In an article about accidental emailing by J Samia Mair in the Baltimore Muslim Examiner, the author admits this chilling blunder: "Many years ago, I forwarded my husband a rejection email from a literary agent. He sent me a conciliatory email—a very short reply consisting of one, not-so-flattering word describing the agent. The problem was that instead of sending the email to me, he sent it to the agent. His blunder was only discovered by her reply to him. Oops! Let’s cross out that agency for all future queries." Anything similar ever happen to you?

Wednesday, August 5, 2009

Everyone's Touchy About Reprints Now*

So, a few days ago I posted a link and excerpt to a fun article by Mary J Dresser that offered quite a pep talk concerning rejections.  Ms. Dresser posted a comment to dress me down about my using an excerpt of her article without permission.  Whereas I thought this was pretty common practice among bloggers, and often seen as a good thing (you want other bloggers to link to your blog because it increases your readership; it's like free publicity), the New York Times ran this news piece about the A.P. cracking down on the "unpaid use of articles on the web."  So the comment from the unauthorized author is very timely. (By the way, I did ask for permission and it was granted, so we are cool on that point.) At the risk of seeming cheeky and for those of you without a subscription to read the article in full, here's an excerpt from the the New York Times article: "Executives at newspapers and other traditional news organizations have long complained about how some sites make money from their work, putting ads on pages with excerpts from articles and links to the sources of the articles. Another complaint is that a link to an article sometimes leads to another secondhand user, not the original source, which can deprive the creator of some of the audience for its own site and the ads on it. Some less-well-known sites reprint articles outright, or large parts of them, without permission, a clearer copyright violation. But there is little consensus on how extensive that problem is for news organizations."  I liked it better when everyone was for the freedom of not charging people for information on the web. It just seemed friendlier back then.

*DISCLAIMER: Big Bird is not really dead. I don't want to get in trouble with Sesame Street; I just liked the cartoon.

Tuesday, August 4, 2009

Think Small

It's like I always say: the smaller the better.  Wouldn't it be cool to receive a rejection on the postage stamp of a blank postcard?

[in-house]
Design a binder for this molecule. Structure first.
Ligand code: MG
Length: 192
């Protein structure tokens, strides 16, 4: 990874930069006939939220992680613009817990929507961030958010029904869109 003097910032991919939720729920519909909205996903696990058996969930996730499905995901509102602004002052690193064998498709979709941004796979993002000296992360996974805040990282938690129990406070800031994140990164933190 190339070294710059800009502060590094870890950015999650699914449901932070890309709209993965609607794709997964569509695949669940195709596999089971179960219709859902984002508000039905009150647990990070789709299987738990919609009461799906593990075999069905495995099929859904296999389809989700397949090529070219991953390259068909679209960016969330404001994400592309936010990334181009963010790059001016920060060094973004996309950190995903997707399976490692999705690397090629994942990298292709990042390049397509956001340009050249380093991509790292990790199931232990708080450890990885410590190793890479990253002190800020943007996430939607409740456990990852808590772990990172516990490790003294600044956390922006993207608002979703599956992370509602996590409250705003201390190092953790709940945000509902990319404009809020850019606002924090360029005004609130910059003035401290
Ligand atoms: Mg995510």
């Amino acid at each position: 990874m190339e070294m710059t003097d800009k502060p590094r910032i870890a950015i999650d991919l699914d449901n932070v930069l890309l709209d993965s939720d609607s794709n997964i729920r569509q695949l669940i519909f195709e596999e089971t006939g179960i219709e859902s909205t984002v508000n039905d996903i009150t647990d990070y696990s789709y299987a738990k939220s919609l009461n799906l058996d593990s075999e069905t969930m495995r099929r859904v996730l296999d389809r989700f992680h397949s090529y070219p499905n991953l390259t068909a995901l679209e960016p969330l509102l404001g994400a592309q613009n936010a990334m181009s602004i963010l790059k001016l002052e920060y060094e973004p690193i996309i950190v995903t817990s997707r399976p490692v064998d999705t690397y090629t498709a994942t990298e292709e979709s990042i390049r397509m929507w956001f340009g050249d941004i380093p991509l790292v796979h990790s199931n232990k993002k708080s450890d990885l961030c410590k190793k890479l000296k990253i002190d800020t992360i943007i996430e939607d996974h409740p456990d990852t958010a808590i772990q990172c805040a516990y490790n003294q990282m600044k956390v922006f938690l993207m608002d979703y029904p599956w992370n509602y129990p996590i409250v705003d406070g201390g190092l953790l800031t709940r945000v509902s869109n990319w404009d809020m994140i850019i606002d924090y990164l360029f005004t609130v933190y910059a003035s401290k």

Monday, August 3, 2009

Can't Really Bear It

What's that little Five Points bear carrying?  A dead turtle?  Does that symbolize the death of my publishing dreams? And why is the font on their website so small? Just wondering.

Sunday, August 2, 2009

Can't Catch A Break

I don't know. I've heard that a lot of writers are putting their projects on the shelf and waiting until the book market does something else because apparently no one is buying very much of anything. So, I'm thinking about putting it on the shelf and starting a new book. What do you think, people? Here's the latest rejection: "It's with some regret that I write to say that I won't be taking on [your novel's] representation. You are a really talented writer and there are some gorgeous moments in the book. But with the market for fiction as incredibly tough as it is right now, I just can't represent anything that I'm not wildly passionate about. I liked your novel very much, but I didn't love it and it didn't resonate with me on a deep level. I truly believe that you will find someone who will click with it in just the right way; you're such a good writer and you have an interesting, quirky, distinctive story to tell. Best best best of luck and warm regards...rejecting agent"

Saturday, August 1, 2009

A Book About...Nothing

So, how do you suppose Melanie Gideon, the Jerry Seinfeld of memoirs, here, got Jordin Pavlin at Knopf, who will not give most writers the time of day, to publish her book?  "Dear Ms. Pavlin:  I'm sending you my book, which is about ennui $150.00 hair cuts, and a happy marriage.  It's called The Slippery Year: A Meditation in Happily Ever After."  Not only did Pavlin take the book, but she helped restructure it into something viable. And they call things quiet these days to discourage publication. I don't get it. Or maybe I'm just jealous (of Gideon's magically happy life and bubbly sense of humor about it), which is not very generous, is it?  The reality is: some of us get shit (abuse in childhood, disinheritance in adulthood, inability to get published) and some of us are Melanie Gideon.